BRET BAIER: Former U.S. Senator and Presidential Candidate is defending his call for people to harass a United States attorney because of his prosecution of a suspect in a terrorism case. Correspondent Caroline Shively has this story.
CAROLINE SHIVELY: Former democratic presidential candidate Mike Gravel was caught on audiotape last week in Washington telling a crowd of people this about a federal prosecutor:
"Find out where he lives and find out where his kids go to school and find out where his office is and picket him all the time. Call him a racist in signs if you see him. Call him an injustice. Call him whatever you want to call him, but in his face all the time."
The Investigative Project on Terrorism obtained the tape of Gravel and provided it to FOX. Gravel can be heard telling people a way to pressure Gordon Kromberg, as assistant U.S. attorney in the eastern district of Virginia into dropping criminal contempt charges against Sami Al-Arian. Al-Arian is a former professor who in 2006 pleaded guilty to providing goods and services to the Palestinian Islamic Jihad. Prosecutors tried him on more serious charges but that ended in a hung jury, so Al-Arian took a plea.
STEVE EMERSON: The evidence at the trial overwhelmingly showed and demonstrated that he was head of the Islamic jihad network in the United States. Gravel told us that he doesn't want people to break the law and that he personally wouldn't do these things, but that it could be an effective way to change the behavior of U.S. Officials. The former U.S. Senator said he heard of a case of young people going after bankers this way and that it was successful.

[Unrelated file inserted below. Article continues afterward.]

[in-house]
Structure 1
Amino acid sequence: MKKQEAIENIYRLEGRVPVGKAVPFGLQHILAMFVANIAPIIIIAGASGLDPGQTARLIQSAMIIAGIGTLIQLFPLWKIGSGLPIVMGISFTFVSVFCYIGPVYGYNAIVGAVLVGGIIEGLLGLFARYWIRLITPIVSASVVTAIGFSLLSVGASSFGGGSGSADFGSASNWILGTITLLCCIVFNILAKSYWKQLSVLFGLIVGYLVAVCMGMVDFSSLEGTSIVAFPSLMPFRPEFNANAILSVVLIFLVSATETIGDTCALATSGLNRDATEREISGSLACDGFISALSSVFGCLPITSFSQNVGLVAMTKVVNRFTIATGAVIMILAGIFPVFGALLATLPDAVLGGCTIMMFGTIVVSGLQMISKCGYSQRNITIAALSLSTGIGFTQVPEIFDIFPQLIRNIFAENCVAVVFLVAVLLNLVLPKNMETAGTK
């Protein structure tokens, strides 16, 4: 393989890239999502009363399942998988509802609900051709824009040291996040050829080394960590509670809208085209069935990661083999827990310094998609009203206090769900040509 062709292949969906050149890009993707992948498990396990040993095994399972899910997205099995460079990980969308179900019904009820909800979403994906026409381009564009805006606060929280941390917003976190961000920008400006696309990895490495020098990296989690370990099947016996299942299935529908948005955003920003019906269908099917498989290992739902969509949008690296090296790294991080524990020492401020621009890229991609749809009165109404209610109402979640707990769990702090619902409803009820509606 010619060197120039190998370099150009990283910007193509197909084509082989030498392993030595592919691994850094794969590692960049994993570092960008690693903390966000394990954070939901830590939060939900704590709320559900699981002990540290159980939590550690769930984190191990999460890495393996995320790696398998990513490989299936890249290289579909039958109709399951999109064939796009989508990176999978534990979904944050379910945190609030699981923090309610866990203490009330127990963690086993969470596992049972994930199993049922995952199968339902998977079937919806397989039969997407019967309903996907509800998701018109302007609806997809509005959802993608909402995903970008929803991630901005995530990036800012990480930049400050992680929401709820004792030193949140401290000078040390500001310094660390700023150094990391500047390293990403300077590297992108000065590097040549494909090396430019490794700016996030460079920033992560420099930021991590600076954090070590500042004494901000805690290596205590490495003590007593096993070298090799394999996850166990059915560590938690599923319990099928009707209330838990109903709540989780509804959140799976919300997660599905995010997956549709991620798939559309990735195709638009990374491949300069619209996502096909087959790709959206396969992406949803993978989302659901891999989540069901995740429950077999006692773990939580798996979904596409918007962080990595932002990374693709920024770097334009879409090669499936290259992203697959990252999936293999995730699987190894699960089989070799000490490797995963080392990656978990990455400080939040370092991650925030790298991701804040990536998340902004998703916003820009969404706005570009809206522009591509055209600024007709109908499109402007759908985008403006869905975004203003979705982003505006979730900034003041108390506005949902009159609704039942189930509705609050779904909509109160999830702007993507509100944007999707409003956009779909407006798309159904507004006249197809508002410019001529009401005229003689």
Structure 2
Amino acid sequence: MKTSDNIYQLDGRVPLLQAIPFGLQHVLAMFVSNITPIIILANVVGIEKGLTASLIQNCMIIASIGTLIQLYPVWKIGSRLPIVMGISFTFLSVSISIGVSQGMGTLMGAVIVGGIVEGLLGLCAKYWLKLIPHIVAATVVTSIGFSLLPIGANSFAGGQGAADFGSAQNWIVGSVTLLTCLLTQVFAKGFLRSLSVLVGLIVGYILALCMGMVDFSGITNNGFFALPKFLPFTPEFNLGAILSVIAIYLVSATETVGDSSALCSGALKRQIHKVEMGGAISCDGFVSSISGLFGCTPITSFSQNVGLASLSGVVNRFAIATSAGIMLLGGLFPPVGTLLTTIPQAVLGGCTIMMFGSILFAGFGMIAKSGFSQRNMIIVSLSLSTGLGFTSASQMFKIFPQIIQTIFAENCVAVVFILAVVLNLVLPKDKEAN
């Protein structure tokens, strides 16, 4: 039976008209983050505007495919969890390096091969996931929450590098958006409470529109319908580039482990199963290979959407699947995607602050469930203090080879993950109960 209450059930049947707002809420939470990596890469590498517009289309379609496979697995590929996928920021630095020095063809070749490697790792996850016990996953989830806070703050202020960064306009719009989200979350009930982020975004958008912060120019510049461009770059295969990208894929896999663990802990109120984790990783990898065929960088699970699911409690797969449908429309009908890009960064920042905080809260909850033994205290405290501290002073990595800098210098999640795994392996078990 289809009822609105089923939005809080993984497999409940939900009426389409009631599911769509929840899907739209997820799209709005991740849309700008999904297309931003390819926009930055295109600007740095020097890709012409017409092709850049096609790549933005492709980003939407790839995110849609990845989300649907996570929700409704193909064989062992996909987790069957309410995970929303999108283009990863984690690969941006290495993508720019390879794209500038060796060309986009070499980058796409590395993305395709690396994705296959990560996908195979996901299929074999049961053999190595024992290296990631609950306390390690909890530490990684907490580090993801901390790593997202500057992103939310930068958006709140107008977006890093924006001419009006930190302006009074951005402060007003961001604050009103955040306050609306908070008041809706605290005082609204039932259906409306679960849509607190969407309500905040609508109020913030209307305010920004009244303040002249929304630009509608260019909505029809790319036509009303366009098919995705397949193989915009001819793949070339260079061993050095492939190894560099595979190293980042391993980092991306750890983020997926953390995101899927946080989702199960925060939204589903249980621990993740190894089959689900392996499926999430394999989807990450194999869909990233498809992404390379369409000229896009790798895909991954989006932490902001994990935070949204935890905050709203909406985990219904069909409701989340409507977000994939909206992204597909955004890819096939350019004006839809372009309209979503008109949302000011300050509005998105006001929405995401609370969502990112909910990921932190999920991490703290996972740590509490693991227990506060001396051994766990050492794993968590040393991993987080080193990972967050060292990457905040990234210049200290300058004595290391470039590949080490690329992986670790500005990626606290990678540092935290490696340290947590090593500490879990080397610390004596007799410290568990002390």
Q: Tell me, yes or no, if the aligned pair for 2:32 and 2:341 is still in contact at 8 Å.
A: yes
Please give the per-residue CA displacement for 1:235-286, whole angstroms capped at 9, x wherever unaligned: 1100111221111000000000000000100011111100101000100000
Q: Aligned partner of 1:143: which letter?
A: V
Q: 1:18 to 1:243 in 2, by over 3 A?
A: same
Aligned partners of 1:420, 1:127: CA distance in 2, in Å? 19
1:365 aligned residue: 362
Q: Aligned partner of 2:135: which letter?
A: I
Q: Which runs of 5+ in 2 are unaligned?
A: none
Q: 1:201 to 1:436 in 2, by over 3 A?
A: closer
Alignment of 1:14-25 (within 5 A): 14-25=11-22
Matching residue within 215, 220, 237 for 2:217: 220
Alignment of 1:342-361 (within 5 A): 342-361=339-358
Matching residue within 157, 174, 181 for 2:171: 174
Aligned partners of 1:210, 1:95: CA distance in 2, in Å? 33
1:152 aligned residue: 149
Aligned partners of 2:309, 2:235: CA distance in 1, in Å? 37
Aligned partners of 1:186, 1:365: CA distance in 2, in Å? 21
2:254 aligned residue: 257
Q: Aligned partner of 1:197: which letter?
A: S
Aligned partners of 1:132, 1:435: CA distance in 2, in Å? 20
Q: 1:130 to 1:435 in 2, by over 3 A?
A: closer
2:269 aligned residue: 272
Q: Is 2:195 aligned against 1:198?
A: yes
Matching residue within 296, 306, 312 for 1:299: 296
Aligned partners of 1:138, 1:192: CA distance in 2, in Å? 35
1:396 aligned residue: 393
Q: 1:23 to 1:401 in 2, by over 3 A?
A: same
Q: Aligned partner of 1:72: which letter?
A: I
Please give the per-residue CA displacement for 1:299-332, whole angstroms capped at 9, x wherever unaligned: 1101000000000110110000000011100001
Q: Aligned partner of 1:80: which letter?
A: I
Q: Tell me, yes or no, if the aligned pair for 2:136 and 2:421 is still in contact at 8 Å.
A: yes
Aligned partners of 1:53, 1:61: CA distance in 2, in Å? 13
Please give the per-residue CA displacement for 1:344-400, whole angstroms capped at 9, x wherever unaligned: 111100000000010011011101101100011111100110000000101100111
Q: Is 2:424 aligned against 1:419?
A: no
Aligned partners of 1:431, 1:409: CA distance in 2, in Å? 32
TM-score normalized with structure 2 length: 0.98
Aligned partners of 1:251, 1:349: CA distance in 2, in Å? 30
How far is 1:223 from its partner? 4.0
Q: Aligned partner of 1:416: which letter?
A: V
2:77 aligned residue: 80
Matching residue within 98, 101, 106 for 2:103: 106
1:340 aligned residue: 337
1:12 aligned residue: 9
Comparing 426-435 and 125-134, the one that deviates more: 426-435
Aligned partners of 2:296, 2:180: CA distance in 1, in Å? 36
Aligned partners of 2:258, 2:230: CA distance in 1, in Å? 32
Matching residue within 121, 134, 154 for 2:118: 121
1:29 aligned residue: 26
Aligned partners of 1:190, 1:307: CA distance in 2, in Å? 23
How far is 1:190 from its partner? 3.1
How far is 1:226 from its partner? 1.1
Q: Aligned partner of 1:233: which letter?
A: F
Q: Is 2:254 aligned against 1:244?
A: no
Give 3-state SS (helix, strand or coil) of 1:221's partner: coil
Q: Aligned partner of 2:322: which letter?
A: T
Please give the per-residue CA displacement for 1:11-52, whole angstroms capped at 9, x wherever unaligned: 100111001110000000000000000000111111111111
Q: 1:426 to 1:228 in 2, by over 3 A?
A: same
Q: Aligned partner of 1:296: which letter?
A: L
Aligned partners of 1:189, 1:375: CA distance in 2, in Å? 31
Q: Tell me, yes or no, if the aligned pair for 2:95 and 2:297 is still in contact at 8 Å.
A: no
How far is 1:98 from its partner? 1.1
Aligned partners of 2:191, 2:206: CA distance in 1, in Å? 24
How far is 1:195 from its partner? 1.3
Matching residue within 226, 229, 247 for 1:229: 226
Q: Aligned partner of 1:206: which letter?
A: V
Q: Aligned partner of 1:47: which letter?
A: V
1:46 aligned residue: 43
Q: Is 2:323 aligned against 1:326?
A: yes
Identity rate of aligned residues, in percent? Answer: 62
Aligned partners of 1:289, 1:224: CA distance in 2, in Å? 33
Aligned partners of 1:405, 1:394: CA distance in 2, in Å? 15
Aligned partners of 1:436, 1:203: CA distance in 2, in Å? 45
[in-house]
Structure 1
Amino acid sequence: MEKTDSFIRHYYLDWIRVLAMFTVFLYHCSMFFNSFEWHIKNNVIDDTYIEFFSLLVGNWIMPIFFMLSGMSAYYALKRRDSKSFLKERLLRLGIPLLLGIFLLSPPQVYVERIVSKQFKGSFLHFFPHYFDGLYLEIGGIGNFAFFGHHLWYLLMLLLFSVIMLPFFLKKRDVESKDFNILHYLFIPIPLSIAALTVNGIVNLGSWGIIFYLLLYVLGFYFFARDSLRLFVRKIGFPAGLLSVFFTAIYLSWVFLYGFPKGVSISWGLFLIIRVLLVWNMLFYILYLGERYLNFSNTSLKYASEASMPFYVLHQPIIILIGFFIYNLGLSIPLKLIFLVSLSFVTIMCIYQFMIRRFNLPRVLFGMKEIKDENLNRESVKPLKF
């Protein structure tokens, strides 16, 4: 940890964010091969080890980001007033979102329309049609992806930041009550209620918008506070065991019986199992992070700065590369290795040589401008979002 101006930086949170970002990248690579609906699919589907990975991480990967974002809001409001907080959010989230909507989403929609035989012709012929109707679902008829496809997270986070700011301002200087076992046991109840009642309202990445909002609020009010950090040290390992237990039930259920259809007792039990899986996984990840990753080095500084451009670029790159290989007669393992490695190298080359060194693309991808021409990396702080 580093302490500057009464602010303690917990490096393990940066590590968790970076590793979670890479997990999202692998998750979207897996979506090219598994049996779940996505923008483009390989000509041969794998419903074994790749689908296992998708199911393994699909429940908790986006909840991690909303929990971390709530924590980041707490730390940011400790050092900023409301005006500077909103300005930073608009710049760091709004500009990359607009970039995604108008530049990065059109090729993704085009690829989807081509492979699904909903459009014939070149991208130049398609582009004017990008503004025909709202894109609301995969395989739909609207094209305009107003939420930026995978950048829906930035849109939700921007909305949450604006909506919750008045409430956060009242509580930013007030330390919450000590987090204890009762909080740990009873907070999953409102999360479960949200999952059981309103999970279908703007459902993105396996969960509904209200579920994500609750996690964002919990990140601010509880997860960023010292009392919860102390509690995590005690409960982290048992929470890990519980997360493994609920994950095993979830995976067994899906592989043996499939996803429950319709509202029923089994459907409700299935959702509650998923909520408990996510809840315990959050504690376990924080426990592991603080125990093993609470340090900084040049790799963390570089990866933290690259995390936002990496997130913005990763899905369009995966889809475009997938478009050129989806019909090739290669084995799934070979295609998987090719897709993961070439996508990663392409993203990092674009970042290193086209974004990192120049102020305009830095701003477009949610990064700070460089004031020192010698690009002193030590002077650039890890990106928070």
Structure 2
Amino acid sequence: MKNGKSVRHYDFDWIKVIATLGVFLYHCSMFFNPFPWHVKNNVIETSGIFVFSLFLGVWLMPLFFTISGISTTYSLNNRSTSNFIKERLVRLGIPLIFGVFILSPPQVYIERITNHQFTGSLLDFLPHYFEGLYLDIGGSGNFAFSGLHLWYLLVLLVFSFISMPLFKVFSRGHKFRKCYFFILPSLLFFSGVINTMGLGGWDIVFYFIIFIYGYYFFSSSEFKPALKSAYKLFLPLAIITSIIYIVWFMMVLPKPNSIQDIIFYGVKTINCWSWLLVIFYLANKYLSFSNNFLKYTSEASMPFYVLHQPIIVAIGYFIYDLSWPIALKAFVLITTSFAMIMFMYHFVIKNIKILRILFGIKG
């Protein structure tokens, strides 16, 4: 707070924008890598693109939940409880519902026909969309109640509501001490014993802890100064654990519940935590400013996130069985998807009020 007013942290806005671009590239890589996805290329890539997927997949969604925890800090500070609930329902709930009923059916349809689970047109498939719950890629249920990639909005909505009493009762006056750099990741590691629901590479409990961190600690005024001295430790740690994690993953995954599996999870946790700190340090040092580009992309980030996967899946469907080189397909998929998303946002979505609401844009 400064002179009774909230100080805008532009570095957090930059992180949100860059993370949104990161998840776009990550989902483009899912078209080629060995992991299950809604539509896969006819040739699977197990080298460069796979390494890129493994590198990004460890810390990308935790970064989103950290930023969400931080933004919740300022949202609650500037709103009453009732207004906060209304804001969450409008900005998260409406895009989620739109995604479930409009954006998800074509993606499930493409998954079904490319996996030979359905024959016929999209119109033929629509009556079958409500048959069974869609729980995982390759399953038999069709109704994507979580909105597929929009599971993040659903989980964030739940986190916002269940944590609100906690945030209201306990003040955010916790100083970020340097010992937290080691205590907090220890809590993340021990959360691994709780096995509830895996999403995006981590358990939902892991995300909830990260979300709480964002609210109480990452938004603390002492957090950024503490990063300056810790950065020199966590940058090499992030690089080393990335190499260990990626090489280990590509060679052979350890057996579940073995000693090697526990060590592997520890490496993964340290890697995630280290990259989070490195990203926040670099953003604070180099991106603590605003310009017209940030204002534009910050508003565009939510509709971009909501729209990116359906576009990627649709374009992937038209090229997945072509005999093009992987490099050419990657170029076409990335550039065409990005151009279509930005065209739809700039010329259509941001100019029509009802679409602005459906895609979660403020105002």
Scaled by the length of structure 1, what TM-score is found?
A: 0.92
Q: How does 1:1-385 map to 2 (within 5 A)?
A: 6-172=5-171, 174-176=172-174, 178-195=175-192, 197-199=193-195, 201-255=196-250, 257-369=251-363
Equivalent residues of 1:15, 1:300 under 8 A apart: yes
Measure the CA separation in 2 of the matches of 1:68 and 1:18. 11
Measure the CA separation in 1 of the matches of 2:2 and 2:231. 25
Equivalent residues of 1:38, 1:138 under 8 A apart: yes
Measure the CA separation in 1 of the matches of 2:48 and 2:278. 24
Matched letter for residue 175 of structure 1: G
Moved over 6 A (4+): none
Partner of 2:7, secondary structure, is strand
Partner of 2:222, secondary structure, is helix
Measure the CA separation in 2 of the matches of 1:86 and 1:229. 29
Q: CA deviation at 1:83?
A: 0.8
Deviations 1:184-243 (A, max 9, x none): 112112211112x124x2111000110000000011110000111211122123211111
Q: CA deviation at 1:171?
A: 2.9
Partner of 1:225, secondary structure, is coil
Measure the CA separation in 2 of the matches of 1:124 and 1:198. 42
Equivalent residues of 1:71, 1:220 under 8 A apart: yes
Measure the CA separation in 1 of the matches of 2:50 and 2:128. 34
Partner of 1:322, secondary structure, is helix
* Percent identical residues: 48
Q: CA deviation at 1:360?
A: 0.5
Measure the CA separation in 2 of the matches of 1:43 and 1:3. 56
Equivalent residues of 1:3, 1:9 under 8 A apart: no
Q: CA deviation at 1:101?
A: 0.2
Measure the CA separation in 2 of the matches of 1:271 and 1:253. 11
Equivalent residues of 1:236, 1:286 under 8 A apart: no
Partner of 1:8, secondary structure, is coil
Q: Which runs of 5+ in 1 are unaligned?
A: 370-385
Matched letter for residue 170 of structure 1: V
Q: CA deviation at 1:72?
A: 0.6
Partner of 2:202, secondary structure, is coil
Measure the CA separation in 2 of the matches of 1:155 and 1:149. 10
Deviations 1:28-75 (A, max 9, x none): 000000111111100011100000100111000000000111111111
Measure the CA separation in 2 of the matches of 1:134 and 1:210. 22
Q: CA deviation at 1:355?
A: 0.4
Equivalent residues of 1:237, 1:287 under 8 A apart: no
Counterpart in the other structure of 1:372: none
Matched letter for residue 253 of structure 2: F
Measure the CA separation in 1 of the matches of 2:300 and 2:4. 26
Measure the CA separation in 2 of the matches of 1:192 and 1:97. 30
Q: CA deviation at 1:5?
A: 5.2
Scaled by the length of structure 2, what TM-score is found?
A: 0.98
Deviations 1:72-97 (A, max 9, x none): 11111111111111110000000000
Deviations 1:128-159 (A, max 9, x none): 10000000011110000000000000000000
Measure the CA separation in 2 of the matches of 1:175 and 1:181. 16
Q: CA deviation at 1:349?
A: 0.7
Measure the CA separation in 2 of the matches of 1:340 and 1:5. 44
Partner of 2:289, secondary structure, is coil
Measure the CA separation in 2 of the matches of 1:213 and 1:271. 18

MIKE GRAVEL: How do you deal with this sort of injustice? I wouldn't protest. I don't believe in protests. It demonstrates the failure of representative government. My answer to that problem is that I want to empower you as a lawmaker so that you can make laws. Don't rely on your elected officials.
SHIVELY: Some terror analysts don't buy that explanation.
EMERSON: The question is whether he crossed the line in saying "find out where his kids go to school." That, to my mind, and to government officials, including those in the F.B.I., crosses the line into a direct veiled threat.
SHIVELY: Kromberg's boss, U.S. Attorney Chuck Rosenberg, wouldn't comment on Gravel's statement but had this to say about the prosecutor's work:
"Gordon Kromberg is a dedicated, talented and scrupulously fair prosecutor. Further, when we decide to prosecute an individual, that decision is based strictly on summary facts and the law, and in the pursuit of justice, period."
Al-Arian is still sitting in a Virginia jail, charged with contempt for refusing to testify before a grand jury. He has also been ordered deported but the U.S. is still searching for a country that will take him.